This article focuses on a critical element of early Bolshevik political discourse: the promotion of 'common people ' - peasants and workers -into prominent positions in the state and economic apparatuses during the first dozen years of Soviet power. Programmes to bring in industrial workers to leading positions in the Central government in the Soviet Union have been thoroughly investigated by historians. Those to promote peasants have not. By 1929 the highly publicised programmes to promote peasants into leadership positions, which had been pursued for nearly a decade, had been deemed a failure. In this article, for the first time, peasant promotion is considered. Based on research done in newly opened Soviet party and state archives, it details for the first time the peculiar nature of programmes to promote peasants into the central offices of the largest Soviet ministry, the People's Commissariat of Agriculture. Examination of the planning and execution of, and reaction to, these programmes between the beginning of the New Economic Policy and the launching of collectivisation in 1929 gives new insight into Bolshevik political and bureaucratic culture, the nature of post-revolutionary elites, and aspects of Bolshevik and intelligentsia perceptions of the rural population.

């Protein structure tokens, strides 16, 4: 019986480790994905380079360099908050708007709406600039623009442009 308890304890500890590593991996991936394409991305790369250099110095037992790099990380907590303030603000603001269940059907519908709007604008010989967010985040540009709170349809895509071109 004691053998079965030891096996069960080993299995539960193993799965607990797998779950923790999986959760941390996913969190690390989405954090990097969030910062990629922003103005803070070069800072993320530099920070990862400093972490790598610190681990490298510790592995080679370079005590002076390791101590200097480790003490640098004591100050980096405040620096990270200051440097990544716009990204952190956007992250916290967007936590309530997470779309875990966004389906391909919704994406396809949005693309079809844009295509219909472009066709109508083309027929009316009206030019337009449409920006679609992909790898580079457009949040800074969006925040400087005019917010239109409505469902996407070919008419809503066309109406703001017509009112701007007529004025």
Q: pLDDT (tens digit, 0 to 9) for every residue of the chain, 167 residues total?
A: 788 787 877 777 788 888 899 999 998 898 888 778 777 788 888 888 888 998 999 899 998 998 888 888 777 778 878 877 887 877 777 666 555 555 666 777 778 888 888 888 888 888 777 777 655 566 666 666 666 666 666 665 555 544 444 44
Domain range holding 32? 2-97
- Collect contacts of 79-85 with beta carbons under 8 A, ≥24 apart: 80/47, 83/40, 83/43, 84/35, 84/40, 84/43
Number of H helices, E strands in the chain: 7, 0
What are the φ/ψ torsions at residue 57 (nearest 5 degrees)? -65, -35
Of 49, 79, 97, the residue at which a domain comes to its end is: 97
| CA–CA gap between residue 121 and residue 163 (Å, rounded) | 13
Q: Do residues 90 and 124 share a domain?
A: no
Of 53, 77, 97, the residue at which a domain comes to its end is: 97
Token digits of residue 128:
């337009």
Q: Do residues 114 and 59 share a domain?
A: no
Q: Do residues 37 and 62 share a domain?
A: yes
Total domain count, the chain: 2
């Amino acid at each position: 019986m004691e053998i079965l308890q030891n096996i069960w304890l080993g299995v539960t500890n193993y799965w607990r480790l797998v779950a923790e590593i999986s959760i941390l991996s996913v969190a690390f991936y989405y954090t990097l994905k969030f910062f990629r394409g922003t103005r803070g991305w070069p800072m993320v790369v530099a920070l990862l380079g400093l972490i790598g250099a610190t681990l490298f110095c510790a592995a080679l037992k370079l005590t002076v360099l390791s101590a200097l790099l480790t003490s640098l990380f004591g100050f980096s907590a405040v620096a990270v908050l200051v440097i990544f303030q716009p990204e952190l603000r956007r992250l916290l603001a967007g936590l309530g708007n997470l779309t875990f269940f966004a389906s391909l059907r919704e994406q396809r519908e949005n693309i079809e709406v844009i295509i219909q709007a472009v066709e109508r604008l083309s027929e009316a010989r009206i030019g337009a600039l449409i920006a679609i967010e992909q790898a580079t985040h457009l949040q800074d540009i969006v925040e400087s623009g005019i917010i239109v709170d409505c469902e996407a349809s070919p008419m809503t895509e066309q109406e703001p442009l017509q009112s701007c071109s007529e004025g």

All Science Journal Classification (ASJC) codes
- Cultural Studies
- Arts and Humanities (miscellaneous)